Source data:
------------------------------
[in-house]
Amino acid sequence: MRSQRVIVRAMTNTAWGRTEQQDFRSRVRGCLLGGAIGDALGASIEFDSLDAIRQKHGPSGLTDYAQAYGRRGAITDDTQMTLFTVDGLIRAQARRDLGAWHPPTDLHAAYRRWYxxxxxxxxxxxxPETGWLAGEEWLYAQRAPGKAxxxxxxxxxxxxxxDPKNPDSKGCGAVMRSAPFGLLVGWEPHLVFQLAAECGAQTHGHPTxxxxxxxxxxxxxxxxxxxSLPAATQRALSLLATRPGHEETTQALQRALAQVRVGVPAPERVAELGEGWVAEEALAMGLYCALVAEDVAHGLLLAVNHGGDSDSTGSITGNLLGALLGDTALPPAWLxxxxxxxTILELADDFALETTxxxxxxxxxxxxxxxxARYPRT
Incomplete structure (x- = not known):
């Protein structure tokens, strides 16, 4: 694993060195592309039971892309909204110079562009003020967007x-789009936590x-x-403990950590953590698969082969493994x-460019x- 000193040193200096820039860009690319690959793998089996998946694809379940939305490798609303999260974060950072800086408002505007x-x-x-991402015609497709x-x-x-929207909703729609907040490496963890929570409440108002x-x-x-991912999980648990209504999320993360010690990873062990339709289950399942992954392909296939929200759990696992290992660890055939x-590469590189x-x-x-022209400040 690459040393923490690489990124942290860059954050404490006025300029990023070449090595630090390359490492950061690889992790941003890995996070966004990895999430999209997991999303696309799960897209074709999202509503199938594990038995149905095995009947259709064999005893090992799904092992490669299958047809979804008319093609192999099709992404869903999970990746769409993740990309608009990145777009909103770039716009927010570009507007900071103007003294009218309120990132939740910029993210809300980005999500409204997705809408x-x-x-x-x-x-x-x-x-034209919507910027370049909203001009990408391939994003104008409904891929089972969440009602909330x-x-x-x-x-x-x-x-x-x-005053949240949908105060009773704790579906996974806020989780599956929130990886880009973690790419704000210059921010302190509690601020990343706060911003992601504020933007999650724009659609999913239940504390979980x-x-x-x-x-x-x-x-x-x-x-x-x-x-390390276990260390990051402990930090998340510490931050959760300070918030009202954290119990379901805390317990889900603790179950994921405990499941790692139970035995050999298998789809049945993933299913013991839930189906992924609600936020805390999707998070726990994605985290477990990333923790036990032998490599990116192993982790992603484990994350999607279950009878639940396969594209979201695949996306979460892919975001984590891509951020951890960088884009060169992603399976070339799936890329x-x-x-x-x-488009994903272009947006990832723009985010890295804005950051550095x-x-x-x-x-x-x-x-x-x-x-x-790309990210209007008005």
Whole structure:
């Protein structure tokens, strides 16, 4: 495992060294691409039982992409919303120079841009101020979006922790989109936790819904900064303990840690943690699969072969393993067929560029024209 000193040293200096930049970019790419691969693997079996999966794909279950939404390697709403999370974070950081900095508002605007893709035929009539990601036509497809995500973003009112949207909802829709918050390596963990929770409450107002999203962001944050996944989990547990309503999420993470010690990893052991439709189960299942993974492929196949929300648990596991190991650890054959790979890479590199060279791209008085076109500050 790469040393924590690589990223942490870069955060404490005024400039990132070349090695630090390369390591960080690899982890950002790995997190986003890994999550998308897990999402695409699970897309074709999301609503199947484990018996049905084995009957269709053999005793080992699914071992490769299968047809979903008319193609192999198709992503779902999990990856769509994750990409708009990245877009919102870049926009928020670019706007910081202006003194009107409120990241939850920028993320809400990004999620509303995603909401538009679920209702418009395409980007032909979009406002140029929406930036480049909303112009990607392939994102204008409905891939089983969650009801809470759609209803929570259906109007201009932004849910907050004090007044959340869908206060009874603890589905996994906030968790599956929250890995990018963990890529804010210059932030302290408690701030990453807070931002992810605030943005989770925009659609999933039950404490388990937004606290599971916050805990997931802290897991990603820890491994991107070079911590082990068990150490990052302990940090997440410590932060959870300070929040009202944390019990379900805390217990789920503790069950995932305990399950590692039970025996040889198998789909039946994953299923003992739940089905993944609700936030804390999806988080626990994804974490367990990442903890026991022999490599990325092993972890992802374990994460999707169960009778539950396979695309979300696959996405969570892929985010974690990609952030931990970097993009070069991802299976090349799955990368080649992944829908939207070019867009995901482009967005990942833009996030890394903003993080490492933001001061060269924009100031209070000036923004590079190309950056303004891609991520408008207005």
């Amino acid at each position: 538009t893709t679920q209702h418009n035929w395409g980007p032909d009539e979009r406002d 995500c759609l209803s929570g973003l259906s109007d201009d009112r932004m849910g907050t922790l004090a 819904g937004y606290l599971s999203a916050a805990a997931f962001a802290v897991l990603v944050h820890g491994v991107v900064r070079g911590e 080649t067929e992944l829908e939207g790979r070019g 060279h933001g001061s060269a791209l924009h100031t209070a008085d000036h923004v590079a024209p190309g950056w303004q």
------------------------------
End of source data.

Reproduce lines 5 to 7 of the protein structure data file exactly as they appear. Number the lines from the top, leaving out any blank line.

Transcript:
Whole structure:
């Protein structure tokens, strides 16, 4: 495992060294691409039982992409919303120079841009101020979006922790989109936790819904900064303990840690943690699969072969393993067929560029024209 000193040293200096930049970019790419691969693997079996999966794909279950939404390697709403999370974070950081900095508002605007893709035929009539990601036509497809995500973003009112949207909802829709918050390596963990929770409450107002999203962001944050996944989990547990309503999420993470010690990893052991439709189960299942993974492929196949929300648990596991190991650890054959790979890479590199060279791209008085076109500050 790469040393924590690589990223942490870069955060404490005024400039990132070349090695630090390369390591960080690899982890950002790995997190986003890994999550998308897990999402695409699970897309074709999301609503199947484990018996049905084995009957269709053999005793080992699914071992490769299968047809979903008319193609192999198709992503779902999990990856769509994750990409708009990245877009919102870049926009928020670019706007910081202006003194009107409120990241939850920028993320809400990004999620509303995603909401538009679920209702418009395409980007032909979009406002140029929406930036480049909303112009990607392939994102204008409905891939089983969650009801809470759609209803929570259906109007201009932004849910907050004090007044959340869908206060009874603890589905996994906030968790599956929250890995990018963990890529804010210059932030302290408690701030990453807070931002992810605030943005989770925009659609999933039950404490388990937004606290599971916050805990997931802290897991990603820890491994991107070079911590082990068990150490990052302990940090997440410590932060959870300070929040009202944390019990379900805390217990789920503790069950995932305990399950590692039970025996040889198998789909039946994953299923003992739940089905993944609700936030804390999806988080626990994804974490367990990442903890026991022999490599990325092993972890992802374990994460999707169960009778539950396979695309979300696959996405969570892929985010974690990609952030931990970097993009070069991802299976090349799955990368080649992944829908939207070019867009995901482009967005990942833009996030890394903003993080490492933001001061060269924009100031209070000036923004590079190309950056303004891609991520408008207005």
């Amino acid at each position: 538009t893709t679920q209702h418009n035929w395409g980007p032909d009539e979009r406002d 995500c759609l209803s929570g973003l259906s109007d201009d009112r932004m849910g907050t922790l004090a 819904g937004y606290l599971s999203a916050a805990a997931f962001a802290v897991l990603v944050h820890g491994v991107v900064r070079g911590e 080649t067929e992944l829908e939207g790979r070019g 060279h933001g001061s060269a791209l924009h100031t209070a008085d000036h923004v590079a024209p190309g950056w303004q």